Treatments and drugsBy Mayo Clinic staff
Treatment for swallowing difficulties is often tailored to the particular type or cause of your swallowing disorder.
For oropharyngeal dysphagia, your doctor may refer you to a speech or swallowing therapist, and therapy may include:
- Exercises. Certain exercises may help coordinate your swallowing muscles or restimulate the nerves that trigger the swallowing reflex.
- Learning swallowing techniques. You may also learn simple ways to place food in your mouth or to position your body and head to help you swallow successfully.
Treatment approaches for esophageal dysphagia may include:
- Esophageal dilation. For a tight esophageal sphincter (achalasia) or an esophageal stricture, your doctor may use an endoscope with a special balloon attached to gently stretch and expand the width of your esophagus or pass a flexible tube or tubes to stretch the esophagus (dilatation).
- Surgery. For an esophageal tumor, achalasia or pharyngeal diverticula, you may need surgery to clear your esophageal path.
- Medications. Difficulty swallowing associated with GERD can be treated with prescription oral medications to reduce stomach acid. You may need to take these medications for an extended period of time.
If you have esophageal spasm but your esophagus appears normal and without GERD, you may be treated with medications to relax your esophagus and reduce discomfort.
If difficulty swallowing prevents you from eating and drinking adequately, your doctor may recommend:
- Special liquid diets. This may help you maintain a healthy weight and avoid dehydration.
- Feeding tube. In severe cases of dysphagia, you may need a feeding tube to bypass the part of your swallowing mechanism that isn't working normally.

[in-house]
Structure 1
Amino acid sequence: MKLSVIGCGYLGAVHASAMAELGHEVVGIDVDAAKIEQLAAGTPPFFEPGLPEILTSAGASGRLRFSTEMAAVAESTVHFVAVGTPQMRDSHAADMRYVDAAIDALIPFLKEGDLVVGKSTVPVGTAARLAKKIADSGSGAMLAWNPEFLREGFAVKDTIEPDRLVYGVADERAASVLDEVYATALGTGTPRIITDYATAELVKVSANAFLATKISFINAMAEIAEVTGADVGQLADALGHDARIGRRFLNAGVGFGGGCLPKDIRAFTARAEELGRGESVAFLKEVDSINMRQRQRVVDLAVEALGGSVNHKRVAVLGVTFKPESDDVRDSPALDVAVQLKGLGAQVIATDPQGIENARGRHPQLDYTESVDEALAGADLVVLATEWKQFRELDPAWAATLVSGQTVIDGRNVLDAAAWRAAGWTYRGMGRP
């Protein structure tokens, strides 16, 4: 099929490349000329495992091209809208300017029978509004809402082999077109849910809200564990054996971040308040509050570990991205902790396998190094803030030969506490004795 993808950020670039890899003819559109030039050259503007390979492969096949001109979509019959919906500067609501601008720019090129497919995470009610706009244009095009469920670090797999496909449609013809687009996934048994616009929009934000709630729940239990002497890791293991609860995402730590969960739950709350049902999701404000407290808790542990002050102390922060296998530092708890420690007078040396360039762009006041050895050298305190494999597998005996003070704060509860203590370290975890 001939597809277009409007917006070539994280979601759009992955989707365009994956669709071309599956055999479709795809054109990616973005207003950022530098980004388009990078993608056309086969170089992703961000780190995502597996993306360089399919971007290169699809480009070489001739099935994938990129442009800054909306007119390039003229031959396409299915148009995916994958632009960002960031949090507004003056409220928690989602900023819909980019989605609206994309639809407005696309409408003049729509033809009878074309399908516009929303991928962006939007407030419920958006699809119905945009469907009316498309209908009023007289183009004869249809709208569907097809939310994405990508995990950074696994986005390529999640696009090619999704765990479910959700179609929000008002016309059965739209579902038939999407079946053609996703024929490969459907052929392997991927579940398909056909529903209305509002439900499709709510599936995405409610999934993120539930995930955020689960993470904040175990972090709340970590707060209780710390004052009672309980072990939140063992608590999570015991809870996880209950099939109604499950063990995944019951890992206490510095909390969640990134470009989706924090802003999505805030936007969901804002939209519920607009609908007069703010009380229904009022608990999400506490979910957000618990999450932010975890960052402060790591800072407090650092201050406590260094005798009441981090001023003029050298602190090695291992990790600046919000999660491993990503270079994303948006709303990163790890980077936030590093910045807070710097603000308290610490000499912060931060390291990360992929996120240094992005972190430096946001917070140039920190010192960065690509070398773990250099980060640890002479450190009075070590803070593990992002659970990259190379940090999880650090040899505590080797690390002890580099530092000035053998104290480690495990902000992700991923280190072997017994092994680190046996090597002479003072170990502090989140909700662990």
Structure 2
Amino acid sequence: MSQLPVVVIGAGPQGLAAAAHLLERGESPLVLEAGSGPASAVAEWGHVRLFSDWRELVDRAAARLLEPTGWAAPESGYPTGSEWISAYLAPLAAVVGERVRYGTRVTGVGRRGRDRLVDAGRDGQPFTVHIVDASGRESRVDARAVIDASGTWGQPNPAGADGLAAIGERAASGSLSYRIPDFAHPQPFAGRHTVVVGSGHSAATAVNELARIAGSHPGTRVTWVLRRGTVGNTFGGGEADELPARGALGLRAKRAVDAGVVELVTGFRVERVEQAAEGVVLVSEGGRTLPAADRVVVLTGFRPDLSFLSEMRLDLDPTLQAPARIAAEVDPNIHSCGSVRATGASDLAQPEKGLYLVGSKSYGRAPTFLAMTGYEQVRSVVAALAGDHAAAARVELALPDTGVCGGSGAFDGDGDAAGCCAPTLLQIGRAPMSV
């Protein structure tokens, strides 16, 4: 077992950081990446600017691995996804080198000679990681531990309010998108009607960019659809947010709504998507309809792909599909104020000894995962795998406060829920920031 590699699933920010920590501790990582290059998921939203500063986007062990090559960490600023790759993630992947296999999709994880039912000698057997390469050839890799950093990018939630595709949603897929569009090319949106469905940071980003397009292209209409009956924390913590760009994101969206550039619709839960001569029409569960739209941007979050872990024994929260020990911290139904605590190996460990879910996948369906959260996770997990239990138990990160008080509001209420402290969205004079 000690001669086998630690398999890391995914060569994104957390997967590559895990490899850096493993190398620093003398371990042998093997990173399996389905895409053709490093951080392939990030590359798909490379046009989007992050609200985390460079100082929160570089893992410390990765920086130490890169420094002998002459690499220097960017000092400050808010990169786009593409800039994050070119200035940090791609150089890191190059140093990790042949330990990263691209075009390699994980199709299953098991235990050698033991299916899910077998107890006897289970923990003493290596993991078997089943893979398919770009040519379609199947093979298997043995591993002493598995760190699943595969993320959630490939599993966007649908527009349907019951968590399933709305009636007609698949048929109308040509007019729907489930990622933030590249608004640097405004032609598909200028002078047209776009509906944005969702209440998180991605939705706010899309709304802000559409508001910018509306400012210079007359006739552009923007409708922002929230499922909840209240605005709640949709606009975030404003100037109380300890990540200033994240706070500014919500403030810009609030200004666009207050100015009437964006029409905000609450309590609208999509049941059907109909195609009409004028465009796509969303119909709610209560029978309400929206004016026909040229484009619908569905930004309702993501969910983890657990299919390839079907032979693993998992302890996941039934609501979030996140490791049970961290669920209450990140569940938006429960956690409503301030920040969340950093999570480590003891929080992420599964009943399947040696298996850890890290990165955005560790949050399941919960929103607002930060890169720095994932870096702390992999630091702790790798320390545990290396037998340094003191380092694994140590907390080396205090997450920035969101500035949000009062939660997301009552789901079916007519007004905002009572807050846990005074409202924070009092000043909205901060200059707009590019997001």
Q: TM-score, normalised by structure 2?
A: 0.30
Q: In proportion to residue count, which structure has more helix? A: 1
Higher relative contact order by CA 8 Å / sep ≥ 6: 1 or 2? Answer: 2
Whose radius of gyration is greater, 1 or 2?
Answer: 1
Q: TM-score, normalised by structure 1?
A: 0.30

- Dysphagia. National Institute on Deafness and Other Communication Disorders. http://www.nidcd.nih.gov/health/voice/dysph.asp. Accessed Sept. 2, 2011.
- Swallowing trouble. American Academy of Otolaryngology — Head and Neck Surgery. http://www.entnet.org/HealthInformation/swallowingTrouble.cfm. Accessed Sept. 2, 2011.
- Dysphagia. The Merck Manuals: The Merck Manual for Healthcare Professionals. http://www.merck.com/mmpe/print/sec02/ch012/ch012b.html. Accessed Sept. 2, 2011.
- Feeding and swallowing disorders in children. American Speech-Language-Hearing Association. http://www.asha.org/public/speech/swallowing/FeedSwallowChildren.htm. Accessed Sept. 2, 2011.
- McQuaid KR. Gastrointestinal disorders. In: McPhee SJ, et al., eds. Current Medical Diagnosis & Treatment 2011. New York, N.Y.: The McGraw-Hill Medical Companies; 2011. http://www.accessmedicine.com/content.aspx?aID=6395. Accessed Sept. 8, 2011.
- Hirano I, et al. Dysphagia. In: Longo DL, et al., eds. Harrison's Principles of Internal Medicine. 18th ed. New York, N.Y.: The McGraw-Hill Medical Companies; 2012. http://www.accessmedicine.com/content.aspx?aID=9112744. Accessed Sept. 8, 2011.
- Garcia JM. Managing dysphagia through diet modifications. American Journal of Nursing. 2010;110:26.
- Mendelson MH. Esophageal emergencies, gastroesophageal reflux disease, and swallowed foreign bodies. In: Tintinall JE, et al., eds. Tintinalli's Emergency Medicine: A Comprehensive Study Guide. 7th ed. New York, N.Y.: The McGraw-Hill Medical Companies; 2011. http://www.accessmedicine.com/content.aspx?aID=6360571. Accessed Sept. 8, 2011.
- Picco MF (expert opinion). Mayo Clinic, Jacksonville, Fla. Sept. 13, 2011.